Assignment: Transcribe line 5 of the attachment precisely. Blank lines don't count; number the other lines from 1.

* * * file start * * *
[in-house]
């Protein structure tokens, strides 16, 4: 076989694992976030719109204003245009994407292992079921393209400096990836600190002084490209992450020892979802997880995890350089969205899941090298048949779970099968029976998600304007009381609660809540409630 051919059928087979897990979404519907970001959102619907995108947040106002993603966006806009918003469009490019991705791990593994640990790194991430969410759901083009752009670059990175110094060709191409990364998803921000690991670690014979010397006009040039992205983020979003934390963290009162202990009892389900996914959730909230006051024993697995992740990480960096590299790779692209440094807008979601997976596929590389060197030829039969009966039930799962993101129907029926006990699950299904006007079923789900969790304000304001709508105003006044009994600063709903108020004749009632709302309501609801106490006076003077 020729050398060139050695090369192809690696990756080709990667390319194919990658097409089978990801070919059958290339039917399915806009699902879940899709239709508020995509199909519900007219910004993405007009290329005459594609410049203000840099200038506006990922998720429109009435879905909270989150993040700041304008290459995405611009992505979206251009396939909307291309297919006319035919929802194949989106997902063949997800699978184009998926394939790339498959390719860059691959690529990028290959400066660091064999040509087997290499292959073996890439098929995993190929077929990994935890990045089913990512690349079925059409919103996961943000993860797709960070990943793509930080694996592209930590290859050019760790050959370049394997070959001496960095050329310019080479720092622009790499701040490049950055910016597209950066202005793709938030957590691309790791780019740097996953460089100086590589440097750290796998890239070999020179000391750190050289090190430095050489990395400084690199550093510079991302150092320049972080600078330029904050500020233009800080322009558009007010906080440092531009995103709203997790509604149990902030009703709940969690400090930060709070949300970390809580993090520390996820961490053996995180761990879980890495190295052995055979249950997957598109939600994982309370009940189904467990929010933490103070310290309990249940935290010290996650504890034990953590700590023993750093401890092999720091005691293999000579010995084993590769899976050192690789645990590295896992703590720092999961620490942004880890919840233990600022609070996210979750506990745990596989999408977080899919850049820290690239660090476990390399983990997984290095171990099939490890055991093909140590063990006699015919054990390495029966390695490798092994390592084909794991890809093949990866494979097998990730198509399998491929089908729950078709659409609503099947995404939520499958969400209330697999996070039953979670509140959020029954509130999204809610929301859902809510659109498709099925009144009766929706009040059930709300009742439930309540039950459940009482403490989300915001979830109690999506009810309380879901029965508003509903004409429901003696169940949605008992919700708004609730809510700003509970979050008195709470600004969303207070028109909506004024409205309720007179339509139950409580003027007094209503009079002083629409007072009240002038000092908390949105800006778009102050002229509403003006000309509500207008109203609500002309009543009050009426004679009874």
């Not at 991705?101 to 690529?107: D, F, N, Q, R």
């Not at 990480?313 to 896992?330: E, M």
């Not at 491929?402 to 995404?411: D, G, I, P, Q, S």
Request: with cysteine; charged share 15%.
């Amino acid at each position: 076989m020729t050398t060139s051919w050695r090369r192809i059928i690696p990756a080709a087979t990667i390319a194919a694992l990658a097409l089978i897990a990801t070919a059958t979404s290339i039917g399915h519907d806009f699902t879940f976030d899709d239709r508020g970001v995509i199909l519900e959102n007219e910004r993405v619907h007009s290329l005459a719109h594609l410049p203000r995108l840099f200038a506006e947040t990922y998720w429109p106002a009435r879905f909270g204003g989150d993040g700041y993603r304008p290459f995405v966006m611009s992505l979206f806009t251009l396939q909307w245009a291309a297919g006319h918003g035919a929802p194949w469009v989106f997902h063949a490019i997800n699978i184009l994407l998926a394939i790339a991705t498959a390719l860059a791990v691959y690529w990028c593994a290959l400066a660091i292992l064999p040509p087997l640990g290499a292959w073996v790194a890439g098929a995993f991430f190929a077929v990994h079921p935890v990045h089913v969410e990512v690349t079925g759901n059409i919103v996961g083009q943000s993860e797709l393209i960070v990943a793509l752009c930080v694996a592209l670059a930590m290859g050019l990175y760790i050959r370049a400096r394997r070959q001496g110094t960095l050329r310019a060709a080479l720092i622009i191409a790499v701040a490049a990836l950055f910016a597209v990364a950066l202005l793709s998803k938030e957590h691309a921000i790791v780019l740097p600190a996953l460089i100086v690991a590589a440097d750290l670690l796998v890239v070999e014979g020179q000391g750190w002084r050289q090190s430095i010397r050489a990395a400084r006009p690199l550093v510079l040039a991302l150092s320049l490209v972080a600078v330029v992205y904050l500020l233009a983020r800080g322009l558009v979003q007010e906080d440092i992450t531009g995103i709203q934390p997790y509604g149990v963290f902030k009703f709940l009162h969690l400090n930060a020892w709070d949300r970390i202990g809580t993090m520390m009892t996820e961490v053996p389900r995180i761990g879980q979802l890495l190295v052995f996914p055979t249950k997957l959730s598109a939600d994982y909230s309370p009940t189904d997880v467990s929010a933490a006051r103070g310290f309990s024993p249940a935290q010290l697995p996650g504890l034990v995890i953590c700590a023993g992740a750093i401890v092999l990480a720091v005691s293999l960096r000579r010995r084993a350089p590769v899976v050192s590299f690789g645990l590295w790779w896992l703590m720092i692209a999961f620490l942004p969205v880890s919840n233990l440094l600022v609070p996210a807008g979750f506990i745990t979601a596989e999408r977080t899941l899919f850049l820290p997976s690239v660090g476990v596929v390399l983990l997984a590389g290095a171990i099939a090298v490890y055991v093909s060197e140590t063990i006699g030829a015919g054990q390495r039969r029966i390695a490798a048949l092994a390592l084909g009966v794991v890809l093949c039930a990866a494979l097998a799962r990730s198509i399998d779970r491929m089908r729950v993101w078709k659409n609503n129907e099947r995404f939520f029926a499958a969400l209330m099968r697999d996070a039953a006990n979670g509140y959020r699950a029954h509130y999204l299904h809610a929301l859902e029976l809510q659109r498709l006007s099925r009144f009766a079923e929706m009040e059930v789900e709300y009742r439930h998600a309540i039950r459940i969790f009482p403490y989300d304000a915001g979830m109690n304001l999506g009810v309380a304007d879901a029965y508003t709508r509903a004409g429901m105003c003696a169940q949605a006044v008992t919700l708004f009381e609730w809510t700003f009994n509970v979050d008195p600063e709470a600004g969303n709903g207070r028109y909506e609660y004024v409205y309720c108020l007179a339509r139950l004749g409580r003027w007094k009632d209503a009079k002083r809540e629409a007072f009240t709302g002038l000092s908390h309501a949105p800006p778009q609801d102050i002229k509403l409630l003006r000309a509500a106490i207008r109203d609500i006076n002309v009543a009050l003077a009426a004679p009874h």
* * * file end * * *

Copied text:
């Not at 491929?402 to 995404?411: D, G, I, P, Q, S």